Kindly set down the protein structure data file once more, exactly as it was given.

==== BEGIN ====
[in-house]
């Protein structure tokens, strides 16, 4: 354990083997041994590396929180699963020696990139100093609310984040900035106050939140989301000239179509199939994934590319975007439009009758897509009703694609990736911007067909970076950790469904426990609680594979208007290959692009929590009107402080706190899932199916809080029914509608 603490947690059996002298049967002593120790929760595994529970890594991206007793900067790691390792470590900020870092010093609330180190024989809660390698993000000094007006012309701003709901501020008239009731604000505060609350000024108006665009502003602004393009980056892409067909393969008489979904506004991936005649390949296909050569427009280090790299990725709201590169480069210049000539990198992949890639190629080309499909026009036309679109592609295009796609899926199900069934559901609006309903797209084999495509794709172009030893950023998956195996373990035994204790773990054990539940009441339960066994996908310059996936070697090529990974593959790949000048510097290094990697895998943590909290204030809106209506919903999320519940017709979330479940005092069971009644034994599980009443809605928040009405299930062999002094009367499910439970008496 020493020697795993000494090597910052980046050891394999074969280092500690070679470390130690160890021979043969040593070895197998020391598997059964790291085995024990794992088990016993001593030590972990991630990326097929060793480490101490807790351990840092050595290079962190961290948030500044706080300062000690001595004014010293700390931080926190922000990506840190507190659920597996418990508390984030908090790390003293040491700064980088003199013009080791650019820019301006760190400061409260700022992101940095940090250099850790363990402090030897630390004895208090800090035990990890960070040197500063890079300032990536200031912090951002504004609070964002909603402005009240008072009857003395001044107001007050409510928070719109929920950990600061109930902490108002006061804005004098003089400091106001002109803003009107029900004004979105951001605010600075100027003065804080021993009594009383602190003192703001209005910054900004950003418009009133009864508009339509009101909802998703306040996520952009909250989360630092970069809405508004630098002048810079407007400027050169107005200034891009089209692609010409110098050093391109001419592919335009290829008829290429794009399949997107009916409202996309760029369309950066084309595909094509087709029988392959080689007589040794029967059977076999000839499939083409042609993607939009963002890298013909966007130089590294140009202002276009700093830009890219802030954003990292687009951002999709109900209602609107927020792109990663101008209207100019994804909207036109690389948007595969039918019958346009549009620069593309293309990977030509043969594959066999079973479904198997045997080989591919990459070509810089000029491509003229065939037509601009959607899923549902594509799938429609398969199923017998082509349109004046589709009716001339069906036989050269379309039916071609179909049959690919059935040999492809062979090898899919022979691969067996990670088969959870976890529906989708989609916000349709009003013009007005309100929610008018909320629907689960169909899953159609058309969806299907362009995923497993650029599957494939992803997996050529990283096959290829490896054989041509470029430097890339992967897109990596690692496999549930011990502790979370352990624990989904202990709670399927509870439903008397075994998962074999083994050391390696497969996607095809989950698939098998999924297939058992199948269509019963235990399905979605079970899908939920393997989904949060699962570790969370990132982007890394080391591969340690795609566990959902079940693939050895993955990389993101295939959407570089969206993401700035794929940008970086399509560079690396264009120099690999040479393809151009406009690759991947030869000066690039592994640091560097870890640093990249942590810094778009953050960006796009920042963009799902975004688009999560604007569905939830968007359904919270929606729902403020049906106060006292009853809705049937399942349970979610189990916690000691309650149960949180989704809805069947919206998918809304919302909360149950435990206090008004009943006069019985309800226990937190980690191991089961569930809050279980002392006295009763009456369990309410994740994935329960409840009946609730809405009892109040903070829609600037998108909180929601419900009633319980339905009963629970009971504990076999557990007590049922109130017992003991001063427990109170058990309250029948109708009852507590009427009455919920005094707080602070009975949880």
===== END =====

[in-house]
């Protein structure tokens, strides 16, 4: 354990083997041994590396929180699963020696990139100093609310984040900035106050939140989301000239179509199939994934590319975007439009009758897509009703694609990736911007067909970076950790469904426990609680594979208007290959692009929590009107402080706190899932199916809080029914509608 603490947690059996002298049967002593120790929760595994529970890594991206007793900067790691390792470590900020870092010093609330180190024989809660390698993000000094007006012309701003709901501020008239009731604000505060609350000024108006665009502003602004393009980056892409067909393969008489979904506004991936005649390949296909050569427009280090790299990725709201590169480069210049000539990198992949890639190629080309499909026009036309679109592609295009796609899926199900069934559901609006309903797209084999495509794709172009030893950023998956195996373990035994204790773990054990539940009441339960066994996908310059996936070697090529990974593959790949000048510097290094990697895998943590909290204030809106209506919903999320519940017709979330479940005092069971009644034994599980009443809605928040009405299930062999002094009367499910439970008496 020493020697795993000494090597910052980046050891394999074969280092500690070679470390130690160890021979043969040593070895197998020391598997059964790291085995024990794992088990016993001593030590972990991630990326097929060793480490101490807790351990840092050595290079962190961290948030500044706080300062000690001595004014010293700390931080926190922000990506840190507190659920597996418990508390984030908090790390003293040491700064980088003199013009080791650019820019301006760190400061409260700022992101940095940090250099850790363990402090030897630390004895208090800090035990990890960070040197500063890079300032990536200031912090951002504004609070964002909603402005009240008072009857003395001044107001007050409510928070719109929920950990600061109930902490108002006061804005004098003089400091106001002109803003009107029900004004979105951001605010600075100027003065804080021993009594009383602190003192703001209005910054900004950003418009009133009864508009339509009101909802998703306040996520952009909250989360630092970069809405508004630098002048810079407007400027050169107005200034891009089209692609010409110098050093391109001419592919335009290829008829290429794009399949997107009916409202996309760029369309950066084309595909094509087709029988392959080689007589040794029967059977076999000839499939083409042609993607939009963002890298013909966007130089590294140009202002276009700093830009890219802030954003990292687009951002999709109900209602609107927020792109990663101008209207100019994804909207036109690389948007595969039918019958346009549009620069593309293309990977030509043969594959066999079973479904198997045997080989591919990459070509810089000029491509003229065939037509601009959607899923549902594509799938429609398969199923017998082509349109004046589709009716001339069906036989050269379309039916071609179909049959690919059935040999492809062979090898899919022979691969067996990670088969959870976890529906989708989609916000349709009003013009007005309100929610008018909320629907689960169909899953159609058309969806299907362009995923497993650029599957494939992803997996050529990283096959290829490896054989041509470029430097890339992967897109990596690692496999549930011990502790979370352990624990989904202990709670399927509870439903008397075994998962074999083994050391390696497969996607095809989950698939098998999924297939058992199948269509019963235990399905979605079970899908939920393997989904949060699962570790969370990132982007890394080391591969340690795609566990959902079940693939050895993955990389993101295939959407570089969206993401700035794929940008970086399509560079690396264009120099690999040479393809151009406009690759991947030869000066690039592994640091560097870890640093990249942590810094778009953050960006796009920042963009799902975004688009999560604007569905939830968007359904919270929606729902403020049906106060006292009853809705049937399942349970979610189990916690000691309650149960949180989704809805069947919206998918809304919302909360149950435990206090008004009943006069019985309800226990937190980690191991089961569930809050279980002392006295009763009456369990309410994740994935329960409840009946609730809405009892109040903070829609600037998108909180929601419900009633319980339905009963629970009971504990076999557990007590049922109130017992003991001063427990109170058990309250029948109708009852507590009427009455919920005094707080602070009975949880």